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1.1       Background of the Study

Taxes are an immensely vital instrument and primary source of revenues to a government. The revenues are needed to finance critical programs (e.g., health care and education), services (e.g., law enforcement and public utilities), and infrastructures (e.g., road construction and environmental protection) which are essential to the society. According to Worlu and Emeka (2012), tax revenue utilization is a basis for supporting developmental activities in less developed economies. However, it has been difficult to maximize tax revenue collection due to various forms of tax evasions. According to Eschborn (2010), tax evasion is an issue that is conceivable as longstanding as taxation alike. Tax evasion occurs when people or organizations deliberately fail to abide by their tax responsibility (Simser, 2008).

Irrespective of its values, tax evasion drastically reduces the amount of state budgets every year all around the countries globally. Tax evasion denies every government the tax revenue due to the system, which results in a gap between the potential and actual tax collection (Adebisi and Gbegi, 2013). Tax evasion is a global phenomenon that has been practiced in both developed and developing nations. Confronting tax evasion is serious to overcome illegal financial cash flows and close channels of corruption (CR) and wrongdoings (UN, 2007). According to Murphy (2011), the worth of tax evasion worldwide exceeds US$3.1 trillion or 5.1% of global gross domestic product. In another instances, a report from Leadership (2013) shows that the world top ten countries with the majority of illicit financial depletions are Mexico ($476 billion), China ($2.74 trillion), Malaysia ($285 billion), Saudi Arabia ($210 billion), Russia ($152 billion), Philippine ($138 billion), Nigeria ($129 billion), India ($123 billion), Indonesia ($109 billion) and lastly United Arab Emirate ($105 billion). The report further explains that around 60-65% of the amount was due to tax evasion activities from the period of 2001-2010.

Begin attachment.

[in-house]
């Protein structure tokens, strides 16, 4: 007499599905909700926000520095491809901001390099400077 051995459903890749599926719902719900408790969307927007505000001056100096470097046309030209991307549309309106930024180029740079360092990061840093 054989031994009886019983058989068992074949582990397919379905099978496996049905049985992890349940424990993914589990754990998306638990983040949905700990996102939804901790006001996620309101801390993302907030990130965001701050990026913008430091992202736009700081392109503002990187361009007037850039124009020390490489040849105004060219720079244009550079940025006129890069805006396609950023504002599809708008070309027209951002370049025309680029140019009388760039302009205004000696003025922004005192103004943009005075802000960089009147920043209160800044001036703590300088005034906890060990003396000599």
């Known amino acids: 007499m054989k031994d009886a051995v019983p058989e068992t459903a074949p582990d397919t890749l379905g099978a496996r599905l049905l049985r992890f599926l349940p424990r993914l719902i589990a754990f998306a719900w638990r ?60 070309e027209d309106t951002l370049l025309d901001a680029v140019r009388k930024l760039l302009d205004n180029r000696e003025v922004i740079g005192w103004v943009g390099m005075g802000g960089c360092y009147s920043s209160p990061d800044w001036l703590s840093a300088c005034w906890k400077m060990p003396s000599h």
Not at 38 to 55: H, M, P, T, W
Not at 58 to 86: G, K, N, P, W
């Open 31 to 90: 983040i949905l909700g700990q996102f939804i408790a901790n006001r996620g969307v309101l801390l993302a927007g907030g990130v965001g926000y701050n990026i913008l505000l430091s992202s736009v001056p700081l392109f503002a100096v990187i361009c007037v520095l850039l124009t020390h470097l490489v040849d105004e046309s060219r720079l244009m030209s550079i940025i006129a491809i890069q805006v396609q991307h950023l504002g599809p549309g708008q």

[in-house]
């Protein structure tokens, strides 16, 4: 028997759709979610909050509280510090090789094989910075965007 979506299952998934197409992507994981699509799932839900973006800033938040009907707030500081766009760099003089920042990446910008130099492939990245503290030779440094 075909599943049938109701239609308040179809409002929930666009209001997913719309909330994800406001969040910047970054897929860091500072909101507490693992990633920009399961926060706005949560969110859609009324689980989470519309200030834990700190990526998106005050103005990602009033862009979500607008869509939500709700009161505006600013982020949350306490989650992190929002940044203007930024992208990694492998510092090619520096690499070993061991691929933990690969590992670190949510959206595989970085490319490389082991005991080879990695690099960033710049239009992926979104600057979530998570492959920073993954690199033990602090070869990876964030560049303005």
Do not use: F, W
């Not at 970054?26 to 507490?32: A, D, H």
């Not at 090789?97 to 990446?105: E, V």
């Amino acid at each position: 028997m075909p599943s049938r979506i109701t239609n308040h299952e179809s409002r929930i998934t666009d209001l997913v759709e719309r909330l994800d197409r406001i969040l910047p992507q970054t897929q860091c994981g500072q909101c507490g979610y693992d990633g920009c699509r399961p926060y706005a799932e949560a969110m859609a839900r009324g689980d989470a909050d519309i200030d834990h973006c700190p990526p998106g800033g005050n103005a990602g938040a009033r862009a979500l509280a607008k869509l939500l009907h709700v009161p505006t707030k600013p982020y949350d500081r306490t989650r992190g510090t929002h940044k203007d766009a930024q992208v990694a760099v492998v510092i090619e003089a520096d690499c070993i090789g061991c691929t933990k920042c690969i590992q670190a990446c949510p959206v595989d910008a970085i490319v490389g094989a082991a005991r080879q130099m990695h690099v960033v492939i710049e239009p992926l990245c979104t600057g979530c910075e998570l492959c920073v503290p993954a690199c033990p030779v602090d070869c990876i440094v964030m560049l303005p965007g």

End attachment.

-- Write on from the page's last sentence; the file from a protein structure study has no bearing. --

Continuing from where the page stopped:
Tax evasion has attracted renewed international interest by nations globally, Nigeria inclusive. The concept has been extensively acknowledged by prior studies (Richardson & Sawyer, 2001), and therefore has quite a good literature. The problem of tax evasion is a major concern for developing countries like Nigeria; as economic development can be significantly hampered by poor tax revenues because of the problem of tax evasion (Picur & Beikaoui 2006). Accordingly, it is necessary for policy makers to identify the factors that influence tax evasion, in order to undertake reforms and minimize it negative impacts on the economy and the nation at large (Kwlef & Achek, 2015).

Tax evasion according to Uadialeet al. (2010) is an outright dishonest action whereby the taxpayer endeavors to reduce his tax liability through the use of illegal means. Tax evasion is accomplished by a deliberate act of omission or commission which constitutes criminal acts under the tax laws these acts include: failure to pay tax e.g. withholding tax, failure to submit returns, omission of items from returns, claiming relief (in Personal Income Tax), for example, of children that do not exist, understating income, documenting fictitious transactions, overstating expenses, Failure to answer queries. (Farayola, 1987; Uadialeet., 2010).